Is enough being done to keep employees safe?
The Health and Safety Executive report that 137 people were killed at their place of work in 2016/2017. In Scotland alone, there were 19 fatal accidents in 2016/2017, compared to 15 the previous year.
The provisional figures for the first 6 months of 2017/2018 show that already 78 people have been killed at work in the UK.
Statistics highlight that the most dangerous industries to work in are construction, closely followed by agriculture which isn’t very surprising considering the nature of their jobs and how active they are. The most common type of accidents were falling from a height or being struck by a moving vehicle or another moving object.
There are specific health and safety regulations in place to protect people at work such as The Work at Height Regulations 2005; The Construction (Design and Management) Regulations 2007, The Management of Health and Safety at Work Regulations 1999, The Workplace (Health, Safety and Welfare) Regulations 1992 and others.
However, we often see instances where employees like Daniel Campbell have been seriously injured because their employer failed to properly implement these safe working practices.
It is estimated that about 13,000 deaths every year are linked to past exposure at work, primarily to chemicals or dust. Some 1.3 million workers were suffering from work-related ill health in 2016/2017, which include musculoskeletal disorders, stress, anxiety and depression, noise induced hearing loss, hand and arm vibration, as well as occupational lung disease.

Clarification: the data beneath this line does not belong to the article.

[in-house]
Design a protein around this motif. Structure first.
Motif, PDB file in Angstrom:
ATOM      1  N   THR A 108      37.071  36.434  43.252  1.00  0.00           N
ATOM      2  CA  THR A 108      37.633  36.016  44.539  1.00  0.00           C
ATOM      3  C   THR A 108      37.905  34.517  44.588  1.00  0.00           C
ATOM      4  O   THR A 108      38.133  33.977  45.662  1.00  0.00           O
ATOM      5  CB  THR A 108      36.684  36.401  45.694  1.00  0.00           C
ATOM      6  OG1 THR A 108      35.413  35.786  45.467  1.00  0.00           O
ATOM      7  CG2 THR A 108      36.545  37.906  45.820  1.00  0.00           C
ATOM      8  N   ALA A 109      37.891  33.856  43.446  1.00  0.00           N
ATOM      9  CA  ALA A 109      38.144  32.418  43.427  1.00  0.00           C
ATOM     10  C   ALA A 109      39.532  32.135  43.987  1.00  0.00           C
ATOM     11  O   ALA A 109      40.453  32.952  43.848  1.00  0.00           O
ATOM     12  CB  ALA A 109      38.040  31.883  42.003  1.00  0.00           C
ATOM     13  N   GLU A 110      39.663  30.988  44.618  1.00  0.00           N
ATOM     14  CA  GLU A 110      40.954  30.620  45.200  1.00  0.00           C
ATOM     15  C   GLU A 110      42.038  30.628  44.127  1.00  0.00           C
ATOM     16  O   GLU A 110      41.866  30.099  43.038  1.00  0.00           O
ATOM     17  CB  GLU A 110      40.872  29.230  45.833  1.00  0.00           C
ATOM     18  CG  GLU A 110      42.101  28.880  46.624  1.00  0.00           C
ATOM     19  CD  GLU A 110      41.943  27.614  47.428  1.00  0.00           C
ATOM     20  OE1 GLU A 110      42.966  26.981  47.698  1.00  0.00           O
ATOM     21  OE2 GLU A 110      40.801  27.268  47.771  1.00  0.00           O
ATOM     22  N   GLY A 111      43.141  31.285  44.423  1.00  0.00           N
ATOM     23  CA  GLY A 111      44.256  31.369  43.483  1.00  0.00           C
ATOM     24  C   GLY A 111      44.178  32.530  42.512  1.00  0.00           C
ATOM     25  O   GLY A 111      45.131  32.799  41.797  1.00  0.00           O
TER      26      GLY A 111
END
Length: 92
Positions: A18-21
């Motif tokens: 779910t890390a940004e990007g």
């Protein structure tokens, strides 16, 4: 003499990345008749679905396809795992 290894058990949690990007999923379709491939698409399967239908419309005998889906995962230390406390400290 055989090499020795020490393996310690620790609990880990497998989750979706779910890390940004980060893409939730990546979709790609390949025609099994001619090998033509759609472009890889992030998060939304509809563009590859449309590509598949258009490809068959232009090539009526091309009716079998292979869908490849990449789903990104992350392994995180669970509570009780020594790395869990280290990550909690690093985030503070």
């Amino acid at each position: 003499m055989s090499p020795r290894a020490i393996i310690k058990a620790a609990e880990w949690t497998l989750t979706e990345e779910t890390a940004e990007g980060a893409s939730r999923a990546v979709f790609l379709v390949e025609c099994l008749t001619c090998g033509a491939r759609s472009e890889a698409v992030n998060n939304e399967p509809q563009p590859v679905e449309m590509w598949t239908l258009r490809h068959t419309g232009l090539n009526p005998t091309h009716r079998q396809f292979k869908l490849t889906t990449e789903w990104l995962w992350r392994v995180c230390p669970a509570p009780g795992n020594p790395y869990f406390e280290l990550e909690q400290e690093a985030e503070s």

The Health and Safety Executive have calculated that there has been a decline in fatal injuries since 1987. Although this is a positive sign, even one person who dies because of their work is one too many and employers need to be held accountable in order for health and safety at work to improve.
In 2016/2017, 554 employers were prosecuted or referred to COPFS in the UK by Health and Safety Executive, where conviction was achieved. £69.9 millions of fines were given out to businesses across the UK following prosecution or a referral to COPFS.
One of these businesses was energy giant ConocoPhillips (UK) Ltd who lost their appeal against the staggering £3 million fine resulting from their health and safety breaches in North Sea. 603 kilograms of gas spilled uncontrolled into the turbine hall at a dangerous proximity to the 66 people working on the platform at the time. The company was also ordered to pay £159,000 towards the costs of the prosecution.
This is the first full year where new guidelines about the fines are being used which should result in larger organisations convicted of health and safety offenses paying the largest fines.
Hopefully, this will send out a warning to other employers who are lapse when it comes to implementing health and safety at work and will reduce the numbers of workers injured by simply going to work.
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